But there’s also an underlying die-hard conservative element pushing the meme of Ardern valuing her family only as PR material. I doubt Pete George falls into this category, but as someone who enjoys mud-wrestling with the gimps in Kiwiblog comments threads, I’ve seen plenty of it. In that world, Ardern doesn’t actually have a family because she and Gayford aren’t married. Gayford is a dodgy character with a promiscuous (I assume there’s a bit of sexual envy involved there) and drug-filled history who must constantly live in fear of the cops fingering him for his past crimes that the gimps invent and gossip to each other about. It’s also possible his name’s a bit of a giveaway and it’s a marriage of convenience (I think this is from people who never got over the trauma caused them by seeing Helen Clark running the country). Neve Ardern Gayford is of course a bastard, sometimes hilariously referred to as the First Bastard, again because her parents aren’t married. It’s like the 1950s got itself a blog.

    Given that level of hostility to the modern world, it’s unsurprising that any coverage of Ardern’s family attracts howls of outrage from them. You’d think Pete George would know better than to align himself with it, though.

    • I don’t align myself with commenters at Kiwiblog. I have moderated out at YNZ attempts to repeat comments like examples you have given here.

      Mentioning that Ardern (or any leader) uses PR (they all do) does not align one with the worst abuse at KB (or here). You’ve repeated things from KB here, but I presume you don’t align with those assertions.

      Putting a new year tweet from Bridges in a New year post does not align me with Bridges as claimed in this post. I frequently put tweets in comments that don’t align me with the tweet content or the tweeter. Trump for example. They are designed to encourage discussion.

      I posted about the Queens Christmas message, that doesn’t align me with the monarchy. I posted the Governor general’s new year message, that doesn’t align me with the monarchy. I’d love us to ditch the monarchy. But these were topical stories that I thought some people might be interested in commenting on.

      Back to bridges – I have been largely critical of him for months. I think he is failing as a major party leader. Of coyurse he tries to use PR as much as he can – but the media are less receptive to him. That’s not uncommon when in Opposition, but media are increasingly writing off Bridges.

      veutoviper:

      people claim that Ardern is the big PR manipulator of the media.

      Bridges does it too – and IMHO is much more blatant at exposing his family and their life in this way.

      I think that’s debatable, but debate often takes a poor second place to berate here.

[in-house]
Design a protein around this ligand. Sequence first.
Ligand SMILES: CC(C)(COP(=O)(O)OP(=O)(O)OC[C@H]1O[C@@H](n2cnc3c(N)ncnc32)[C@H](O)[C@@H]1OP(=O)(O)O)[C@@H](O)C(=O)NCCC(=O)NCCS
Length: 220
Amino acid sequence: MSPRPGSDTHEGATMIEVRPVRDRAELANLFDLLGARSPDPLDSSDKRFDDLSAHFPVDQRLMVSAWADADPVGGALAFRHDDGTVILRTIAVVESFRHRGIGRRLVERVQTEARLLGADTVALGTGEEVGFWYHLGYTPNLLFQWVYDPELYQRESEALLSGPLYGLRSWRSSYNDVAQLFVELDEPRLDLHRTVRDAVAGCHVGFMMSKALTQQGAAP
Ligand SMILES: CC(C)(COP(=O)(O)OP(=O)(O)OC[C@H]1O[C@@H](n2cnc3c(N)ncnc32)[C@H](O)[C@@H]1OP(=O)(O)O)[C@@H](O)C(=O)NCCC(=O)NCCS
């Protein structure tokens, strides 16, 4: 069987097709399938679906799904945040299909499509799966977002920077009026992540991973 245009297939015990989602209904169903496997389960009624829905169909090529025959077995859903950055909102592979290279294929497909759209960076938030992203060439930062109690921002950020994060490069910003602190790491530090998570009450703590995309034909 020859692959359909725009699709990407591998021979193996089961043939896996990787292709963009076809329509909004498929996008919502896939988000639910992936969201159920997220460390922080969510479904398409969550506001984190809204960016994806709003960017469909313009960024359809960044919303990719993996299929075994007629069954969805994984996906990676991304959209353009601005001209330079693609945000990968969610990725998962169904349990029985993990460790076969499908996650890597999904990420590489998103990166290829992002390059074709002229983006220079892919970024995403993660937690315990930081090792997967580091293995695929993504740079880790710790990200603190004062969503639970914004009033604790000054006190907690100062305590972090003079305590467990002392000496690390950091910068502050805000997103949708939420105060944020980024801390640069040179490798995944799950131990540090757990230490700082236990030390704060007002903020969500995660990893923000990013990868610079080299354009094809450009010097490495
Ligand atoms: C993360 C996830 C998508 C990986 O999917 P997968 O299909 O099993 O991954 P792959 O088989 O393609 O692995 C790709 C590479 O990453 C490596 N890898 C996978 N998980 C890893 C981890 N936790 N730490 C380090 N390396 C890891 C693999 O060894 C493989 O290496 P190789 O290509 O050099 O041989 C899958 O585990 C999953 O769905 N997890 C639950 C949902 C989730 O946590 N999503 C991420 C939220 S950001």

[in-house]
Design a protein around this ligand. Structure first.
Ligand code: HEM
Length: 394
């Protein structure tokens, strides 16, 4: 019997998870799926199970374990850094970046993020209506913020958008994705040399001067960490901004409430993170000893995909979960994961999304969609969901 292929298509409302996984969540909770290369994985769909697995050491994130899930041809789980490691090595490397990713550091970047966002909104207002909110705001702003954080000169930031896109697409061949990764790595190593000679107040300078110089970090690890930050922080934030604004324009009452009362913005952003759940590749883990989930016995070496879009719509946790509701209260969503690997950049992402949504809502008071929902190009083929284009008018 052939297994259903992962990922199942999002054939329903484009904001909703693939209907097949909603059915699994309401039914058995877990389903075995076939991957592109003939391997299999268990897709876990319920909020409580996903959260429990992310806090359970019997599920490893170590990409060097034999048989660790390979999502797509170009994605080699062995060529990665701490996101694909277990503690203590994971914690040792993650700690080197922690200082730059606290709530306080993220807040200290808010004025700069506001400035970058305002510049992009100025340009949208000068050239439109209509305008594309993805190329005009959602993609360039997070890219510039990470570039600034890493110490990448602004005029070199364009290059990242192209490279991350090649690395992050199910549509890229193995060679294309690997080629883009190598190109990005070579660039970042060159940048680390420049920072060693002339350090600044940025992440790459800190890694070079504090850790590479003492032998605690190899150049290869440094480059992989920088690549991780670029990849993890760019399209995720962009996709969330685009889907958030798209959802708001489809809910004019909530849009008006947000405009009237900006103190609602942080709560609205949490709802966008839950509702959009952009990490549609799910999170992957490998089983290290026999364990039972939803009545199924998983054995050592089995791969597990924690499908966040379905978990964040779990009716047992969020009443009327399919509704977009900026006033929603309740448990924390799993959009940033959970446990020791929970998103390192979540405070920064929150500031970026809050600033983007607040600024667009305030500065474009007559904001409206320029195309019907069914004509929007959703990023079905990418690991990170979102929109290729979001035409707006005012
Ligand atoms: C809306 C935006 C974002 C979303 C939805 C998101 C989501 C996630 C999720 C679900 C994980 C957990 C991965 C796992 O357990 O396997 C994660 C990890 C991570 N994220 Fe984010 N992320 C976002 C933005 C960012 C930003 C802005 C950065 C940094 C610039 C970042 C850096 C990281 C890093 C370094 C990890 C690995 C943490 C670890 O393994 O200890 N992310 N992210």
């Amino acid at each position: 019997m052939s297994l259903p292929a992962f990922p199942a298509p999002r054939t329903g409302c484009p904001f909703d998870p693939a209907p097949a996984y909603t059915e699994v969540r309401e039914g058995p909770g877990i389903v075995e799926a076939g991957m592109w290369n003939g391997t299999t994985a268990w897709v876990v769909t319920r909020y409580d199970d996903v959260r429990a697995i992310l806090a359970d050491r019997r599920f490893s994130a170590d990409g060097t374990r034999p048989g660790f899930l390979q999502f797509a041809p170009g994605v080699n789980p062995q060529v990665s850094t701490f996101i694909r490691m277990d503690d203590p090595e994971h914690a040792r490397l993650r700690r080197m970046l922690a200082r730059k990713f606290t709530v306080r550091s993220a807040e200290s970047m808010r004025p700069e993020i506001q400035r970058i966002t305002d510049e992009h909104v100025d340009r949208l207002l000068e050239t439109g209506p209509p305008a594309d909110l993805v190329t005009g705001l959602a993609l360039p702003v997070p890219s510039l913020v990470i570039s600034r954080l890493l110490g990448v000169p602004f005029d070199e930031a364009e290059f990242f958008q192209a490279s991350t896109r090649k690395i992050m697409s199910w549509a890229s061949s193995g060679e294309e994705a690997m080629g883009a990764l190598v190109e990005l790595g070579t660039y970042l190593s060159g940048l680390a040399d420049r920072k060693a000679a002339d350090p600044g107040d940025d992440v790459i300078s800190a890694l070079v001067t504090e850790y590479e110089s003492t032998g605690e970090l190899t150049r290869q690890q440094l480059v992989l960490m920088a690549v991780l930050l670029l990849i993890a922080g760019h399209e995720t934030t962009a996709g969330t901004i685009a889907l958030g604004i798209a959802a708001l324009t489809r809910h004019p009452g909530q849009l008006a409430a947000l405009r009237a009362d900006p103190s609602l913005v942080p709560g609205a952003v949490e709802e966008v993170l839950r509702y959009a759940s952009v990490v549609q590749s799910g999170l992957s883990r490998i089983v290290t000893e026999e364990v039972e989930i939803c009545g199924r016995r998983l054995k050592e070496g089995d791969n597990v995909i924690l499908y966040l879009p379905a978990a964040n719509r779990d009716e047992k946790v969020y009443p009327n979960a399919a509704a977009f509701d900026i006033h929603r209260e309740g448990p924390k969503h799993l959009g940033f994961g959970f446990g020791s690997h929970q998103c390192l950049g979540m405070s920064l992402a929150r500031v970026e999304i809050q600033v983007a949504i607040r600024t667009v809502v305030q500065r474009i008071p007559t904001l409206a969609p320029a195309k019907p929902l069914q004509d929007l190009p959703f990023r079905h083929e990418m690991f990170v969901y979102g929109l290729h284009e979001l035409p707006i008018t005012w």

• Robert Guyton 12.1.1

        “your writing style is often passive voiced ‘egg-shell’ walking; and this comes across as disingenuous or devious,”
        QFT.

      • Psycho Milt 12.1.2

        I don’t align myself with commenters at Kiwiblog.

        Sure. but your belief that the media give Ardern an unusually easy time and deliberately promote her aligns perfectly with theirs, which is what I was referring to.

        I think that’s debatable.

        So you’ve retreated from Ardern being deliberately promoted by the media to a fallback position of Bridges not being significantly more promoted than Ardern, without the slightest recognition that position effectively accepts the conclusion of Veutoviper’s post.

        • Pete George 12.1.2.1

          “your belief that the media give Ardern an unusually easy time and deliberately promote her”

          I haven’t said that, you’ve made it up.

          “So you’ve retreated from Ardern being deliberately promoted by the media ”

          Again i haven’t said that, you’ve made it up, that I haven’t retreated anywhere.

          • Robert Guyton 12.1.2.1.1

            ” I haven’t retreated anywhere”
            QFT

          • Muttonbird 12.1.2.1.2

            “Your belief that the media give Ardern an unusually easy time and deliberately promote her”

            I haven’t said that, you’ve made it up.

            I’m sorry, but you have said that. This is why people give you a hard time. You claim you haven’t said something when you clearly have. This isn’t the route to the ‘civilised discussion’ which you crave.

    • RedLogix 12.2

      It’s like the 1950s got itself a blog.

      LOL .. it’s really good to have you back.

      Interestingly I was watching an Australian TV channel at breakfast this morning that ran a five minute montage of scenes from 2018, both dreadful and inspiring … and included was a great clip of Jacinda with baby, looking very happy and strong.

  13. reason 13

    A very good poster here at The Standard ….. Rosemary M …. gave me some balance and reassurance …. that there are good honest reporters working in our news media … a fact that gets somewhat buried by the blatant right wing editorial bias.